22 December 2007

Ecco il Sidestep

The saga of the peripatetic New York City Opera continues. According to a story in today's New York Times (another Saturday newsdump! Well, at least someone has figured out how the media works here in the city!) Anyway, according to this NYT story, Gérard Mortier is kicking around a few ideas for keeping the NYCO brand from vanishing from the public consciousness during the company's "hiatus" awaiting the reconstruction of the New York State Theater (and, not so incidentally, the official beginning of his regime in the fall of 2009). The company is looking at "probably" four productions in various venues, including "possibly" Carnegie Hall, the Beacon Theater and "other Lincoln Center halls." Oh, and don't rule out the Apollo Theater or the Hammerstein Ballroom, either. (To tell the truth, at this point La Cieca wouldn't be surprised if she heard "Yankee Stadium" or "Splash.")

Well, let's table the venue discussion for a moment and move on to repertoire. Just what sort of operas might we expect in this transitional year? Of course, nothing's set in stone yet. Well, maybe that's an understatement. It appears, in fact, that nothing's even scribbled on a Post-it at the moment. In the Times interview, Mortier coyly suggests Mefistofele "because of its association with the house in performances by the bass Samuel Ramey."

Or, on the other hand, what about Rienzi -- assuming, of course, that one could count on "finding strong enough singers." Hey, what about a children's opera for the holidays, that might work, and, just to mix things up a bit, "a major American opera." But here's something you put in the bank: the repertory "must be great things," says Mortier.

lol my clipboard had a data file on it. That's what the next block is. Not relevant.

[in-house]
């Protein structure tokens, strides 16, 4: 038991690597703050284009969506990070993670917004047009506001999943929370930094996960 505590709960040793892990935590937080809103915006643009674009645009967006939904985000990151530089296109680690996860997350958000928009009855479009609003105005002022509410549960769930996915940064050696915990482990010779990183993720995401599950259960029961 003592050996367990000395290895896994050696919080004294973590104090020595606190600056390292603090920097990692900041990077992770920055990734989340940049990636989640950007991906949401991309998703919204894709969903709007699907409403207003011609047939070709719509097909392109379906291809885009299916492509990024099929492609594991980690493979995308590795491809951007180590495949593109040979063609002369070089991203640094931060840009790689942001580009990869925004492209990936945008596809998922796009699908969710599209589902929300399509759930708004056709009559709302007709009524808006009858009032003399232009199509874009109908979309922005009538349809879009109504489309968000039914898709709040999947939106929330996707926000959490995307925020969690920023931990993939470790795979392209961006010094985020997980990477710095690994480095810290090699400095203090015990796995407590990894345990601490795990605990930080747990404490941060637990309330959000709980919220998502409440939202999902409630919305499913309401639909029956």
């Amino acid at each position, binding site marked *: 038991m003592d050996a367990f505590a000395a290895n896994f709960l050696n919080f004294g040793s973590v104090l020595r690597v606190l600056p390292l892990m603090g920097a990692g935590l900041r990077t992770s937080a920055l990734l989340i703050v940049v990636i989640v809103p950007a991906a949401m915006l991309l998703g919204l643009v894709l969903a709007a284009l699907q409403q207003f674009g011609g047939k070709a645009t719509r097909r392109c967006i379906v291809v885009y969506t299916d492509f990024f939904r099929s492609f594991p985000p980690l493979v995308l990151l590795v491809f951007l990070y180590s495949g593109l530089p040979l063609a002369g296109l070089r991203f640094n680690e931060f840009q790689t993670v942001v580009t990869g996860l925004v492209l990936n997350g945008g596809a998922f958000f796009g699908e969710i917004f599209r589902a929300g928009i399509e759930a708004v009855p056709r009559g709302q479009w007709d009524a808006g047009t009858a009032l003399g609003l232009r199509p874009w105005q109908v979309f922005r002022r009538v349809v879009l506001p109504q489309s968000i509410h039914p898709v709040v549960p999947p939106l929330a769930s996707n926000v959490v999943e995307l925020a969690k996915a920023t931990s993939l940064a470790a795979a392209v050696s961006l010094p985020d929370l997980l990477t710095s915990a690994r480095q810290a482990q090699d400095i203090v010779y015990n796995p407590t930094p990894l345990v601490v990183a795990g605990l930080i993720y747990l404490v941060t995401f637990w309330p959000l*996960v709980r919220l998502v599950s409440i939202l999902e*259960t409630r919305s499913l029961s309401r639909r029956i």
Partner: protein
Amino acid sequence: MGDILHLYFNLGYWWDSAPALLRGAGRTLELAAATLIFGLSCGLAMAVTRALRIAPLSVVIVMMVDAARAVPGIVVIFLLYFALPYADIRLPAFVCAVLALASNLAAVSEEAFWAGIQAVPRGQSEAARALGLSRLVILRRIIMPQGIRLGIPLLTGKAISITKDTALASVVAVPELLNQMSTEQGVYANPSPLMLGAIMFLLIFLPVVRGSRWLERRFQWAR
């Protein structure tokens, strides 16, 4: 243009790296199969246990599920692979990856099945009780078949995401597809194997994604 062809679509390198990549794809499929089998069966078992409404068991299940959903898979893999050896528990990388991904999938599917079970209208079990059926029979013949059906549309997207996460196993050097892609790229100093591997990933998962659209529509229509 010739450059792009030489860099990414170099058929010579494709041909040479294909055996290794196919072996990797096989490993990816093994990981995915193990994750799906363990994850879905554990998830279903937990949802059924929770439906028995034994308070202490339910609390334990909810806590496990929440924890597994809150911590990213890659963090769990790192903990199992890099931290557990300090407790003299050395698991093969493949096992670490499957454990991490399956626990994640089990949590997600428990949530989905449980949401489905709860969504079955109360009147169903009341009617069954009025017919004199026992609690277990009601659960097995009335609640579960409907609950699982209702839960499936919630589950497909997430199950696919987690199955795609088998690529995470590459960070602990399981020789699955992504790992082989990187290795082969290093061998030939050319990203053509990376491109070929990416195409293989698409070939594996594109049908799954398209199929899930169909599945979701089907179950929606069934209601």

Susan L. Baker, City Opera’s chairwoman reassures us that there will be some kind of announcement about next season in January. Or, failing that, February. Count on it.

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06 December 2007

Dark year for NYCO?

UPDATE: La Cieca has just heard that the "dark season" is not a done deal just yet. The NYCO board meets next week to make that decision. (Given how late in the game this is, most likely the "decision" will be no more than a formality. But La Cieca will keep her ear to the ground, not to mention her shoulder to the wheel and her nose to the grindstone. She also intends to free her mind with the intention that her ass should follow.)

La Cieca has been hearing whispers and grumblings from here and there for a couple of months now, so maybe it's time to go out on a limb and predict that the New York City Opera will take a season-long hiatus in 2008-09. Yes, that's right, no season at all, not until the opening of Gérard Mortier's first year of direction in the fall of 2009.

The primary reason driving La Cieca's gloomy prediction is the lack of any sense of what the repertoire or casting would be for 2008-09, even as 2007 draws to a close. NYCO, like other opera companies, has a fairly long lead time in planning upcoming seasons. Their practice in recent years has been to lock in repertoire and casting more than a year before the beginning of a given season.

For example, it was fairly common knowledge by the summer of 2006 that the current NYCO season would include Vanessa, Cendrillion, King Arthur and so forth; major casting was already set by then as well. Repertoire choices for Mortier's first season leaked several months ago: 2009-10 will feature The Rake's Progress, Einstein on the Beach, Nixon in China, Věc Makropulos, Pelléas et Mélisande, Aufstieg und Fall der Stadt Mahagonny, Saint François d'Assise and Death in Venice.